Common throughout the northern and middle states and Canada, the red oak attains a large size only on good soils; the wood is of little value, being coarse and porous, but it is largely used for cask-staves; the bark is a valuable tanning material.
The barrels employed in the transport of petroleum products are made of well-seasoned white-oak staves bound by six or eight iron hoops.
They are coated internally with glue, and painted in the well-known colours, blue staves and white heads.
As regards the development of the form of the pastoral staff, there are four principal types: (I) staves with a simple crook, the oldest form, which survived in Ireland until the 12th century; (2) staves with a ball or knob at the top, a rare form which did not long survive as a pastoral staff; (3) staves with a horizontal crook, so-called Tau-staves, used especially by abbots and surviving until the 13th century; (4) staves with crook bent inwards.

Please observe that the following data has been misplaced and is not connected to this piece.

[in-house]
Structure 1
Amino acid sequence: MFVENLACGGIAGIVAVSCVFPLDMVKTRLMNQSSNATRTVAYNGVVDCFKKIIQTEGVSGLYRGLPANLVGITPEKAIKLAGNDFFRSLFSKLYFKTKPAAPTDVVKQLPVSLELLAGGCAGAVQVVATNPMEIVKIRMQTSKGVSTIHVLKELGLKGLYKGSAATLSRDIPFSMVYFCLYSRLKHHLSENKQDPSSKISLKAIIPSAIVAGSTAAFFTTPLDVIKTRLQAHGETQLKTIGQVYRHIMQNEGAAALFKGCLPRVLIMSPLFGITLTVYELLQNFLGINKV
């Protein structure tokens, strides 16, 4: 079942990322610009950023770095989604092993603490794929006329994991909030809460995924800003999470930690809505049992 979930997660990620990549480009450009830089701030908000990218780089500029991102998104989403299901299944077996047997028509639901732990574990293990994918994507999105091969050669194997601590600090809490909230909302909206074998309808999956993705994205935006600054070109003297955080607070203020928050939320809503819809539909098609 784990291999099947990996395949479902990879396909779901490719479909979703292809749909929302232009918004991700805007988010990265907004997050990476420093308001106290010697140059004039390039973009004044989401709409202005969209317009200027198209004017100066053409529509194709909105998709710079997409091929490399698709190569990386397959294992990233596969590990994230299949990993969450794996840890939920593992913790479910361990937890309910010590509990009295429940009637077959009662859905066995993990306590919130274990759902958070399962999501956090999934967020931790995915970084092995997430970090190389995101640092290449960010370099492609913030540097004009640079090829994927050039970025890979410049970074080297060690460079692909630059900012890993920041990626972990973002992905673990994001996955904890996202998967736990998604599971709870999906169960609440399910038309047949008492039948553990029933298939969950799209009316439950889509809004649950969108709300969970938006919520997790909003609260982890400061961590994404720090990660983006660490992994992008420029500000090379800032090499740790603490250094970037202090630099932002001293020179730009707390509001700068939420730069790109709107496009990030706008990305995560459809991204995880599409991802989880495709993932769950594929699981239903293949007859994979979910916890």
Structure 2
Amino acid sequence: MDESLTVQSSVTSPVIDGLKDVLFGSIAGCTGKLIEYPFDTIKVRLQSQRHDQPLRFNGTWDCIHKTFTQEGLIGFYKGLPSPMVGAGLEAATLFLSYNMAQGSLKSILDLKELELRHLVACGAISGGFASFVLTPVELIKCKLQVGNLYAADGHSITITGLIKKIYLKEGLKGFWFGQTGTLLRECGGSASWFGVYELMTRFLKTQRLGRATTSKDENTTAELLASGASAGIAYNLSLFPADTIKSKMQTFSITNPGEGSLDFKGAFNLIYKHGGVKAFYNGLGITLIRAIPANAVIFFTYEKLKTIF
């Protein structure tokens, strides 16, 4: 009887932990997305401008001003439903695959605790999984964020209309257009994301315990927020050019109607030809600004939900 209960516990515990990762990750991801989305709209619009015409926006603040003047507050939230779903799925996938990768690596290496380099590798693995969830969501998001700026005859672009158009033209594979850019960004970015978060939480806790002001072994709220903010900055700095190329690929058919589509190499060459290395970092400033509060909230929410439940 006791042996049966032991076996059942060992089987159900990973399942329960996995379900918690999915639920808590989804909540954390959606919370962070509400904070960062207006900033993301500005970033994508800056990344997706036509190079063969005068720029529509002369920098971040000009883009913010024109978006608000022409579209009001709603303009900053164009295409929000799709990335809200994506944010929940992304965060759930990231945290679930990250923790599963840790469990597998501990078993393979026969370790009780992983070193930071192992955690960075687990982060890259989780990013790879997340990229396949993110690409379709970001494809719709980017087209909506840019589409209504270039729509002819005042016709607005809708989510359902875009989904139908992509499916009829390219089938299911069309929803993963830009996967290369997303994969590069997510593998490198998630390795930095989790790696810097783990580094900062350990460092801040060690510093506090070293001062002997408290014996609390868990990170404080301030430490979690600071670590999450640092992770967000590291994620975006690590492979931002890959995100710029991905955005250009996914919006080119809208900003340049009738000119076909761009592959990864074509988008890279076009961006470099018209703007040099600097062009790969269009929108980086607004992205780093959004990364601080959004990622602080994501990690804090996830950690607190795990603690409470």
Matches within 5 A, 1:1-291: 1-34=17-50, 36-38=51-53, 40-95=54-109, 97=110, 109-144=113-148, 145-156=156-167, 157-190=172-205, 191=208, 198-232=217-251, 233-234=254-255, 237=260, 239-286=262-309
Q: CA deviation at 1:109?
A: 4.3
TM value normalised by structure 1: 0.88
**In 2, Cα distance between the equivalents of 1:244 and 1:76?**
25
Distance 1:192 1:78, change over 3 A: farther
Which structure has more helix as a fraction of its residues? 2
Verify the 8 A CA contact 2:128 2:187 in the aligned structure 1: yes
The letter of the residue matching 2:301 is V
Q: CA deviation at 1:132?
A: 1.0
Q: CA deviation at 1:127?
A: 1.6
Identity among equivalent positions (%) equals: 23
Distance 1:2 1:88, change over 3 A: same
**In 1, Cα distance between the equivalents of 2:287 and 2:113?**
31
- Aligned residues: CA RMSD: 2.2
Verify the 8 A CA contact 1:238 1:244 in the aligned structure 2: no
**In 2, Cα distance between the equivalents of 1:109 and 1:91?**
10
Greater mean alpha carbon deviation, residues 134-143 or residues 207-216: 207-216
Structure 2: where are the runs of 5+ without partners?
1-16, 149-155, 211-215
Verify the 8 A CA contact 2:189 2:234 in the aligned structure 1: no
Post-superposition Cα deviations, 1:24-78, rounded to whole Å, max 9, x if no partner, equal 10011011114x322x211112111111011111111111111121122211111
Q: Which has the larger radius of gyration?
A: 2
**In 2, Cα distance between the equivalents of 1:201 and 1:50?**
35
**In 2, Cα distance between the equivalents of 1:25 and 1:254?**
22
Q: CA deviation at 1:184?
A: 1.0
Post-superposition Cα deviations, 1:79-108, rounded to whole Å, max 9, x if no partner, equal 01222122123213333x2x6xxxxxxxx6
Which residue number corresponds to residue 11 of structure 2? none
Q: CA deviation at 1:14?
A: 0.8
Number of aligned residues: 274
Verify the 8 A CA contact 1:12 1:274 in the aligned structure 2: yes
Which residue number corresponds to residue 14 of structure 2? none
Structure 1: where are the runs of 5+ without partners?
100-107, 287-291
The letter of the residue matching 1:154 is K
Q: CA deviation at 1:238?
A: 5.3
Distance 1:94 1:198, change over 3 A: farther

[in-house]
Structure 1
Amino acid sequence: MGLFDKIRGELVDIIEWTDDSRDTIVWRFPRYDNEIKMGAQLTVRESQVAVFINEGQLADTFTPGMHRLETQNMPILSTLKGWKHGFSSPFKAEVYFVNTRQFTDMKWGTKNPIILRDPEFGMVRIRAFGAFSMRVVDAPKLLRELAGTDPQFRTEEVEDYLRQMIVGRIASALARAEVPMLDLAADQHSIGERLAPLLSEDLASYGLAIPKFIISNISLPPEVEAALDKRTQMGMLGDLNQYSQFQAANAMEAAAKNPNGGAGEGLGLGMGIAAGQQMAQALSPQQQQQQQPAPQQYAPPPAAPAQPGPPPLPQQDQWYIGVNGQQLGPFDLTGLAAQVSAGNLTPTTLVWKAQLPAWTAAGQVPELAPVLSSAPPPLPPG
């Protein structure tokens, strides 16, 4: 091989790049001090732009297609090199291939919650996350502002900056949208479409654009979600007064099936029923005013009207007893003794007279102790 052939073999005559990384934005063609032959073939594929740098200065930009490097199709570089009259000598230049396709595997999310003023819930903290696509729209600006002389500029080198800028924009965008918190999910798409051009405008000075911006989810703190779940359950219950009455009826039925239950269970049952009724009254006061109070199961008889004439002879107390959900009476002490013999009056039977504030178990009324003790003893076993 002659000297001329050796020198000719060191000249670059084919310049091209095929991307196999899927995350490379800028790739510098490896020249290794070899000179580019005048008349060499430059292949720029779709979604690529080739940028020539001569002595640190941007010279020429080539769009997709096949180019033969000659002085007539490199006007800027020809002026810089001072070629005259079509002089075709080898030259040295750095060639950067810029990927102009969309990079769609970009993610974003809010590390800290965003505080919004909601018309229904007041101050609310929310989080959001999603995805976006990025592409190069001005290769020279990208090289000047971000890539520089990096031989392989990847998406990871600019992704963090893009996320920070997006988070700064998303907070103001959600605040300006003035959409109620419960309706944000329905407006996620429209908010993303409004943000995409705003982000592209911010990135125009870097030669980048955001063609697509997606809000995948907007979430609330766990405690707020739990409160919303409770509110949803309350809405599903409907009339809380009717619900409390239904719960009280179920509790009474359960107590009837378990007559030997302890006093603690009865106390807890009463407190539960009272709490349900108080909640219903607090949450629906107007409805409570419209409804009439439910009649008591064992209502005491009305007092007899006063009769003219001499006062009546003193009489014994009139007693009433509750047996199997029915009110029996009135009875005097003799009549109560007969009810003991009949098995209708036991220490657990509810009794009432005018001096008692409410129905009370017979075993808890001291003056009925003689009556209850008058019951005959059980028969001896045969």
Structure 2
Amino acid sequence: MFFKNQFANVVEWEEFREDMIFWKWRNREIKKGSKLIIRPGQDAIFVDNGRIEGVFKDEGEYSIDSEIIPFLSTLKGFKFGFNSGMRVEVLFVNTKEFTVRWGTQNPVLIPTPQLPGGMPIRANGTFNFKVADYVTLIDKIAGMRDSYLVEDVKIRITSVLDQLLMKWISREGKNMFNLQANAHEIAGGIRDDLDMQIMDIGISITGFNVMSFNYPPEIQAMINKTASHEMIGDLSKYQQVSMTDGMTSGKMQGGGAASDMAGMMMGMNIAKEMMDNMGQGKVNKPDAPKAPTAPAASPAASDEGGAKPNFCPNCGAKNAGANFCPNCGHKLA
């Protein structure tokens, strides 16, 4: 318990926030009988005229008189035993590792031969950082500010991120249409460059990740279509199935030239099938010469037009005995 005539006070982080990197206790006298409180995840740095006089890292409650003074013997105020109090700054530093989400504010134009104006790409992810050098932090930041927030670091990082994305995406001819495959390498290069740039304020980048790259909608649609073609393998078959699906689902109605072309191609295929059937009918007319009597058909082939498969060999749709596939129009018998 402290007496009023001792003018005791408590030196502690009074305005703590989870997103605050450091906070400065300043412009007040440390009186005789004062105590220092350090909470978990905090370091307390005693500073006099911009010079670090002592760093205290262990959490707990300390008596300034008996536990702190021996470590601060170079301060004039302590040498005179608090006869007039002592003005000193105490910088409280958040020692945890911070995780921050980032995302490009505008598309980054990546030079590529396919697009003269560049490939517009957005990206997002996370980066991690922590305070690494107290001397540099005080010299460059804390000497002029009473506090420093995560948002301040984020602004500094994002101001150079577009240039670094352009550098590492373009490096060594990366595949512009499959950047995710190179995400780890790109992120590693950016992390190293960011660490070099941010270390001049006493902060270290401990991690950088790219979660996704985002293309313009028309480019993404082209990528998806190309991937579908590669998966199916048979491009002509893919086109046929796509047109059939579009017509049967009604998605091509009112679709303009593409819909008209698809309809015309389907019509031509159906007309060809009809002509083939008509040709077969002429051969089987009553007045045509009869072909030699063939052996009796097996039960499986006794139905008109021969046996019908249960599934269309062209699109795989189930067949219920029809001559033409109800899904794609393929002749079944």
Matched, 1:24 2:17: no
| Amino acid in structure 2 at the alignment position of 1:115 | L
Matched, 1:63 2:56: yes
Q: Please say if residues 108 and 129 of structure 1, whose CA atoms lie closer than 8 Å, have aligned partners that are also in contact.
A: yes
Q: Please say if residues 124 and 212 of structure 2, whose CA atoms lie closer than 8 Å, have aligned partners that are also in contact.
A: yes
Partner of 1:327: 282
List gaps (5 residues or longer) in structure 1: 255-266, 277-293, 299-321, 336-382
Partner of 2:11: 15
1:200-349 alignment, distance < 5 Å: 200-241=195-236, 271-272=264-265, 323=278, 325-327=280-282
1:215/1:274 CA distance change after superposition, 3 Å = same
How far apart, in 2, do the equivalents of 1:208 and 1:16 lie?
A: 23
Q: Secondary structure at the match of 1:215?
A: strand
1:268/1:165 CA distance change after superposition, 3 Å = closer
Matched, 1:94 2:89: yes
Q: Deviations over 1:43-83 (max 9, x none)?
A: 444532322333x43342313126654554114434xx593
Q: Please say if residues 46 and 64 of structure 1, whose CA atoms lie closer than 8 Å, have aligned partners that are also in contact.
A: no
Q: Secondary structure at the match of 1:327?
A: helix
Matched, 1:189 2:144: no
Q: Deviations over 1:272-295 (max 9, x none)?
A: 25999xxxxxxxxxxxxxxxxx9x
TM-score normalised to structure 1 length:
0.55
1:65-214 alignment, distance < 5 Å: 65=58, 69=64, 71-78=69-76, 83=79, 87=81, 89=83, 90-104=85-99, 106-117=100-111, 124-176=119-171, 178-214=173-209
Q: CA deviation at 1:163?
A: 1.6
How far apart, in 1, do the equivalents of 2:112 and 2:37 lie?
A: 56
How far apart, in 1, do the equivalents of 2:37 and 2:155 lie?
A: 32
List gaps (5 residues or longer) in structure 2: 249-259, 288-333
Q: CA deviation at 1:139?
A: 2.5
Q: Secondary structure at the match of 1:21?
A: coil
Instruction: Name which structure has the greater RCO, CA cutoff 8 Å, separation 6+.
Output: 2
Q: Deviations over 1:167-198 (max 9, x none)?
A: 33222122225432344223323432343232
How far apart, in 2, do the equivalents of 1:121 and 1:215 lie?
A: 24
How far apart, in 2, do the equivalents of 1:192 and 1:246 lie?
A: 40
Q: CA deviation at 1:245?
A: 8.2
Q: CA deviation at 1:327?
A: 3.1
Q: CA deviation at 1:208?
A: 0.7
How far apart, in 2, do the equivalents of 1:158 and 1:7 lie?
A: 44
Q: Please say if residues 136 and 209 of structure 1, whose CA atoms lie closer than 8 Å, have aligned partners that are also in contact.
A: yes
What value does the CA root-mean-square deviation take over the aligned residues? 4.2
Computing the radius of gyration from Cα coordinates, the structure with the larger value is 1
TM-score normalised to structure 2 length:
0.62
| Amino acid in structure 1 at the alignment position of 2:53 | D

These last already appear in miniatures of the 9th century; from the II th onwards they predominated; and in the 13th century they ousted all other forms. Originally plain, the crook was from the lath century onwards often made in the form of a snake (5), which in richer staves encircled the Lamb of God or the representation of a figure.